In case you haven't been through it (and I realize probably a larger percentage of Evan's blog readers have, vs. the general population), getting a cochlear implant is a long process.
There are a lot of appointments as part of the evaluation. If Evan is determined to be a good candidate and we proceed with the surgery, there will be appointments associated with the surgery (pre- and post-op). Then there will be lots of appointments afterwards to "map" (adjust) the CI and lots of therapy appointments to help Evan maximize his use of the implant.
Tomorrow, Evan and Jeremy are going to Children's to have another hearing test done. He's had quite a few already, but they want to attempt another behavioral one as part of the evaluation. This is the test where Evan is in the booth, and they condition him to look at a moving animal when he hears a sound. The very first time Evan did this test (about a year and a half ago now), he was somewhat cooperative and the audiologist got some results that indicated a moderate hearing loss with one of the aids on. The results were not super-reliable.
Unfortunately he has never performed better on a behavioral test since then. Usually the test is scheduled on a day he has other appointments. So either he's cranky from being poked and prodded during an appointment before the test, or upset because he's just been in the car for two hours. We have tried taking him in for just the hearing test, but he didn't do any better (and that's frustrating for Jeremy--to drive two hours both ways and leave feeling like nothing has been accomplished. At least if there is another appointment, it feels like the drive wasn't a complete waste of time). Evan doesn't like being in the booth--Jeremy has tried sitting in there with him, leaving him in his stroller, we've even tried getting him used to the booth at Hearing and Speech in Yakima as "practice"...no luck.
Fortunately, Evan does have a history of objective hearing tests (BAERs mostly) that consistently show hearing loss at the severe and severe to profound level. The CI program director looked at the most recent BAER (this was the one that had shown possibly Evan might have better bone-conduction hearing), and felt that the difference was just noise in the data. We can move forward without a good behavioral test result, it's just nice to have one to confirm what the BAER is telling us. Sometimes a person's hearing loss is not as "bad" as it looks on a BAER--behaviorally (subjectively) they can perform better than would be expected. That's why audiologists always say that we don't know with certainty Evan's level of hearing until he can tell us.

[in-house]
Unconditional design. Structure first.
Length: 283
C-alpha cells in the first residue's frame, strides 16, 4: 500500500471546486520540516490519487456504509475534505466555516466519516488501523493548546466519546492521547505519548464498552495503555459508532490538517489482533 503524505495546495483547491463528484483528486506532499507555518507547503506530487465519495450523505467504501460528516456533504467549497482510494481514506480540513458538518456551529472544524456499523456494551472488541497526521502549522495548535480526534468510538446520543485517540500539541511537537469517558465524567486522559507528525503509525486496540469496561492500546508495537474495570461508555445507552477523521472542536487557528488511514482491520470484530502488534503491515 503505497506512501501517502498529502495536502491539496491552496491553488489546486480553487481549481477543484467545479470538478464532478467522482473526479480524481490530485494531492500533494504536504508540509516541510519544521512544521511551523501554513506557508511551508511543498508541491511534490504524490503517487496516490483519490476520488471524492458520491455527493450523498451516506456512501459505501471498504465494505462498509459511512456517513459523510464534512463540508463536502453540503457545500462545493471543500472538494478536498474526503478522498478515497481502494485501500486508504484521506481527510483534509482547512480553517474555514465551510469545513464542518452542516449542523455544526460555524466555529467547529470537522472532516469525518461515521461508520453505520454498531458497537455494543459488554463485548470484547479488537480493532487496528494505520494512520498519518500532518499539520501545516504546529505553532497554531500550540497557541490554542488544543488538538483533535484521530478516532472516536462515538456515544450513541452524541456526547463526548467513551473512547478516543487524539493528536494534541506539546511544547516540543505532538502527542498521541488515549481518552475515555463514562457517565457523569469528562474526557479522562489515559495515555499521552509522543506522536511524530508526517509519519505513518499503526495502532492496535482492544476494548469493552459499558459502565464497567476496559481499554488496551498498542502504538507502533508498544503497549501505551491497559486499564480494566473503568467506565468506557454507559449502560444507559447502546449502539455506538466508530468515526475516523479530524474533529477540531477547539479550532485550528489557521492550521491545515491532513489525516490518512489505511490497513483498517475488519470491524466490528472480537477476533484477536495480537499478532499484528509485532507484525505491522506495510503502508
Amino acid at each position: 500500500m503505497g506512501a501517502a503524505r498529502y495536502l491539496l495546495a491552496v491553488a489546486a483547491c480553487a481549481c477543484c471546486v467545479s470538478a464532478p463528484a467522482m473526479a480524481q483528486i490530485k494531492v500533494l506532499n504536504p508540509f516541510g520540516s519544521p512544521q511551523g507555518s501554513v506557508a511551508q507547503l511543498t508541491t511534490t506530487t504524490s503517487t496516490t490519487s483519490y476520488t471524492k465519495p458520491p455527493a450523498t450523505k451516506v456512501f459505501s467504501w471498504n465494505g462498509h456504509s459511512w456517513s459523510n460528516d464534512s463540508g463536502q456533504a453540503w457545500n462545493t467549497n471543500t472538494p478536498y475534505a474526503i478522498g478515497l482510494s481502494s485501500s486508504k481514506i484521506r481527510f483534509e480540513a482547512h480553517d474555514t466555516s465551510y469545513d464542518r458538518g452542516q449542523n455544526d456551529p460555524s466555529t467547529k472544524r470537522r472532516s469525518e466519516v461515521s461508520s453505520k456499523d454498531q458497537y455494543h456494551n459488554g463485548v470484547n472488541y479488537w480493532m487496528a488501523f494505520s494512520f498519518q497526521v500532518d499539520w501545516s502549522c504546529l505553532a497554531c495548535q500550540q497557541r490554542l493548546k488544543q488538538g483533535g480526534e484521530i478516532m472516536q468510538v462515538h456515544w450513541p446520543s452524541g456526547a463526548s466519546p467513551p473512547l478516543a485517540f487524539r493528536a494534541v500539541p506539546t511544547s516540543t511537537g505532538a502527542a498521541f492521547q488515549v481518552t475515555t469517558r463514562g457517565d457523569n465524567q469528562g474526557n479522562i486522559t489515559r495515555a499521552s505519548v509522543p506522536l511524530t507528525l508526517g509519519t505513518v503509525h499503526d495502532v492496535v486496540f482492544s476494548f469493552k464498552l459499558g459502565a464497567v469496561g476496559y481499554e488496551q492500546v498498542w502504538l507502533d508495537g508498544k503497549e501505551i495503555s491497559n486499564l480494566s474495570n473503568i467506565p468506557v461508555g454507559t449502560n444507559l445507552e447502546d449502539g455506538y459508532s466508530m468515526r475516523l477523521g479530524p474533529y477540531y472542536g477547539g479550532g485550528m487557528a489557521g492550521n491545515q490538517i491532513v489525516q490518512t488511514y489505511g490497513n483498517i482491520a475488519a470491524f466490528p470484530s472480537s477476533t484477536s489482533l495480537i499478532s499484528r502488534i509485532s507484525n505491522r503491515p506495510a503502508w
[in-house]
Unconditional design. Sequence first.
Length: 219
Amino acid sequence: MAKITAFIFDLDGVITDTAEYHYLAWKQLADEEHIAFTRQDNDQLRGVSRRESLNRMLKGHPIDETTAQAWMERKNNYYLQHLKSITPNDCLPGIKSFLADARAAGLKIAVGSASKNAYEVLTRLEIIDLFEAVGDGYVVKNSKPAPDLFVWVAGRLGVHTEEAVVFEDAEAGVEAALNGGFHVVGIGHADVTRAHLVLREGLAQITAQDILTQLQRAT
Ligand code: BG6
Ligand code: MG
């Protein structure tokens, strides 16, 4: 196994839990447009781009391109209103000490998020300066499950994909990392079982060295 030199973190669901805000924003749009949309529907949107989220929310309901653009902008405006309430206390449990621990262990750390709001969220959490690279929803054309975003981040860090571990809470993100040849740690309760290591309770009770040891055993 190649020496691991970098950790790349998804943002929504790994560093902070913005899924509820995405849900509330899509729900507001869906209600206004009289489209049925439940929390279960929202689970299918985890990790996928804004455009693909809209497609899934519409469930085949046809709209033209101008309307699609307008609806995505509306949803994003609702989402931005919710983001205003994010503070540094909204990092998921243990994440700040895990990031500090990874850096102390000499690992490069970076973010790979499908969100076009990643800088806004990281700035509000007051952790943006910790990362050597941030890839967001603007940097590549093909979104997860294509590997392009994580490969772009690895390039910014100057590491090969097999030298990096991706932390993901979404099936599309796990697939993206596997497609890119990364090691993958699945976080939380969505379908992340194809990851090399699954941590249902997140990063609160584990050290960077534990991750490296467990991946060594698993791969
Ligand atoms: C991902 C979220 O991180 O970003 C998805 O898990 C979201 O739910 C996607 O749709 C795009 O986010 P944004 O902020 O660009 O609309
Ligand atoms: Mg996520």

Evan is also going to see his urologist (Dr. Lendvey) in clinic. Evan has one last urology surgery we would like to coordinate with the MRI he will need as part of the CI evaluation. Evan has more of a risk with anesthesia than a typical kiddo because of his airway and swallowing issues, so we try to get as much done each time he goes under as possible. Some surgeries can't be combined, but an imaging study is "clean" so it should not be a problem.
The MRI will help the CI surgeon get a better look at the soft tissues around his auditory system. Evan has had a CT scan done previously, which shows his cochleas are not completely normal (they are flatter than they are supposed to be), he also has some abnormalities in the tiny bones that transduce sound from the eardrum to the cochlea (some of the bones are fused or missing). Of particular interest is the path of the facial nerve. In CHARGE Syndrome, it is common for the facial nerve to run an unusual course. It is critical for the surgeon to know where the facial nerve is, because accidental damage during insertion of the CIs could lead to a complete facial palsy on that side (meaning no facial expression). Evan already has a partial palsy on both sides--we do not want to make this worse.
In the next month, Evan has an appointment scheduled with the surgeon and an evaluation with the psychologist. We will continue to update as we learn more.